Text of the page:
US regulators have filed fraud charges against a Scottish trader who allegedly used Twitter to cause price swings in two companies in a bid to profit from the moves.
The alleged use of false tweets as a means of manipulating prices comes just days after a US trader was found guilty of "spoofing", or rapidly placing orders with the intent to cancel them before they trade in order to trick other investors by creating the illusion of demand.
According to the Securities and Exchange Commission, James Alan Craig of Dunragit, Scotland, created two Twitter accounts made to look like the real accounts of two well-known securities research groups — Muddy Waters Research and Citron Research. He then "tweeted multiple false statements" saying two companies were under investigation.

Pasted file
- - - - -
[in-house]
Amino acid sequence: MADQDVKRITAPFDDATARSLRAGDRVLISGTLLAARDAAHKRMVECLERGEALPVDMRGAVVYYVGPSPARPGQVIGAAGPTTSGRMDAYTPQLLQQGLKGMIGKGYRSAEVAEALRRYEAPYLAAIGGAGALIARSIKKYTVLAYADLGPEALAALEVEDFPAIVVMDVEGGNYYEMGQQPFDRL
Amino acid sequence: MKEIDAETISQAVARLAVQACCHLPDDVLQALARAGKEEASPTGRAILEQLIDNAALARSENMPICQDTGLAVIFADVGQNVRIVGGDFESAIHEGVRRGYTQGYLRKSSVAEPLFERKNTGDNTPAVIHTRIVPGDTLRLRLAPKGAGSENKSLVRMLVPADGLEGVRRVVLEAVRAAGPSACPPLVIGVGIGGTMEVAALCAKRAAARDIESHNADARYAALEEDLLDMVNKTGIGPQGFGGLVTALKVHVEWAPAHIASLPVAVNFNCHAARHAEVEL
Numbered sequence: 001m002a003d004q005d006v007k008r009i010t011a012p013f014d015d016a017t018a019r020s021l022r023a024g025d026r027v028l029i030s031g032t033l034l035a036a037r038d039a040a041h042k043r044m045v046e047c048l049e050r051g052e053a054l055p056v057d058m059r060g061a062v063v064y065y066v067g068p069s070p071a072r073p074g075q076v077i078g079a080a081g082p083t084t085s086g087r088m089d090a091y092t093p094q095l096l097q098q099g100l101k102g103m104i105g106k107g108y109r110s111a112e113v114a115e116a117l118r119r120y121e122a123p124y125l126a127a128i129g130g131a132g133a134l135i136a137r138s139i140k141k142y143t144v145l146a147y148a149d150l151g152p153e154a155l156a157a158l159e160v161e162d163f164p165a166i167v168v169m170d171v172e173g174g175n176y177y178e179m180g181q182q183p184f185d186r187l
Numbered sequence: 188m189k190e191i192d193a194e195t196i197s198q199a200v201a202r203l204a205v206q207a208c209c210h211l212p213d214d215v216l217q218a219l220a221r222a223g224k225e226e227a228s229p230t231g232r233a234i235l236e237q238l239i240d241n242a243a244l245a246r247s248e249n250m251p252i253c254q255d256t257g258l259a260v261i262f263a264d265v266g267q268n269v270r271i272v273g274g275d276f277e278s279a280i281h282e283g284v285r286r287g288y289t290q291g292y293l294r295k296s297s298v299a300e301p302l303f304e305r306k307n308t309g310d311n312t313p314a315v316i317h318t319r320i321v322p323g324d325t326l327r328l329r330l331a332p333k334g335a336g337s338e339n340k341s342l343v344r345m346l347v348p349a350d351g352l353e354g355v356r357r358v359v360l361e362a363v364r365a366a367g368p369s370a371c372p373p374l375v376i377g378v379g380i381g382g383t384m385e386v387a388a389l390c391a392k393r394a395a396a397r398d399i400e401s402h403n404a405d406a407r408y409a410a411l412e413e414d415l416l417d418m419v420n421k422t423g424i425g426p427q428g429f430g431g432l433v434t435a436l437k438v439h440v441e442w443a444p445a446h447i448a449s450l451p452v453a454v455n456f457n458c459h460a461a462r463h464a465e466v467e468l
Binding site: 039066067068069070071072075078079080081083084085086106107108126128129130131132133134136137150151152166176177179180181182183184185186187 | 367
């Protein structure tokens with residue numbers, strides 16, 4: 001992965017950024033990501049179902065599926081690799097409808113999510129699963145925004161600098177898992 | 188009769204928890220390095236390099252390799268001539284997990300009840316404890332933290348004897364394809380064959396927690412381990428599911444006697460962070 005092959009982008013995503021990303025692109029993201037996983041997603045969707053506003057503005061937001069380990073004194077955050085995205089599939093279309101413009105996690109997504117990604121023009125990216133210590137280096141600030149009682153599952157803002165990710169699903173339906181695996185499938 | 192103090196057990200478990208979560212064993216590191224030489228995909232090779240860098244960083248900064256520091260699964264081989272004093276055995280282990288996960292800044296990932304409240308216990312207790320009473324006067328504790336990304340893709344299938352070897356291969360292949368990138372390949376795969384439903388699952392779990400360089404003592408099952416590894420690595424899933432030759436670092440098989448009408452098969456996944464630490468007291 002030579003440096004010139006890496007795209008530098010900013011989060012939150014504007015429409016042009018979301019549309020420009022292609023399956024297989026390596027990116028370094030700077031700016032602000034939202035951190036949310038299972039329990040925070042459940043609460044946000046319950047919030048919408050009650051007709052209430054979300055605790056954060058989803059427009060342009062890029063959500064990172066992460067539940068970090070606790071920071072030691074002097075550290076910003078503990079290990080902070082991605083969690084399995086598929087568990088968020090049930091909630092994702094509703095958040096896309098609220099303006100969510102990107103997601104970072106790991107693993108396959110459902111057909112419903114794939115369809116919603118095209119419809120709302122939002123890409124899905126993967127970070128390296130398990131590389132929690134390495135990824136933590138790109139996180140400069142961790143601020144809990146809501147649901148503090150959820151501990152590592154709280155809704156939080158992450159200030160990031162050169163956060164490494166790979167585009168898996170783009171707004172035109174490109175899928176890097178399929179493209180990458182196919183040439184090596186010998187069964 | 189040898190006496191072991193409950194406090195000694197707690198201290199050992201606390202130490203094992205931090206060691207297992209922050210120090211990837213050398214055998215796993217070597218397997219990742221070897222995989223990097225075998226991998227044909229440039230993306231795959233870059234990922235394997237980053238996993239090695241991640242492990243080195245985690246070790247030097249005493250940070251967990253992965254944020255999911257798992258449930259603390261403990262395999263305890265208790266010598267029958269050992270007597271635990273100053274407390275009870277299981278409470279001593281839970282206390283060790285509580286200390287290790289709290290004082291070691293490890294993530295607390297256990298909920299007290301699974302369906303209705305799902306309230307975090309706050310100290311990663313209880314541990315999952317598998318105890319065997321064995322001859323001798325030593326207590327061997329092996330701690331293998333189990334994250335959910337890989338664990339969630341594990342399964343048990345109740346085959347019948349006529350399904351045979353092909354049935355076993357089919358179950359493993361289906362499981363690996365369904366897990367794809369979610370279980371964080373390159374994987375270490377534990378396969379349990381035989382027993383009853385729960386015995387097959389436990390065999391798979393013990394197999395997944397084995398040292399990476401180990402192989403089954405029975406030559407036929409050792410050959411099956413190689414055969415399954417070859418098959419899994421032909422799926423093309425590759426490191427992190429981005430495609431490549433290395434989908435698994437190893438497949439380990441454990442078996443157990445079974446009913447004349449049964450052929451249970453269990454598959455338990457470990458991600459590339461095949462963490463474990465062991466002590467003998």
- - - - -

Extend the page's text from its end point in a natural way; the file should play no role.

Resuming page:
"As alleged in our complaint, Craig's fraudulent tweets disrupted the markets for two public companies and caused significant financial losses for their investors," said Jina Choi, director of the SEC's San Francisco Regional Office.
The SEC's complaint seeks a permanent injunction against future violations as well as handing out a fine to Mr Craig.
Audience Inc, one of the companies he is said to have attacked, saw its share price fall 28 per cent before trading was halted.
A day later, more fraudulent tweets caused shares in Sarepta Therapeutics to fall 16 per cent.
In spite of the wild moves, the SEC said Mr Craig's efforts to buy and sell shares for profit were "largely unsuccessful".
In a somewhat uncharacteristic segue into humour by the watchdog, Ms Choi added: "Craig also said in later tweets that the SEC would have a hard time catching the perpetrator. As today's enforcement action demonstrates, those tweets turned out to be false as well."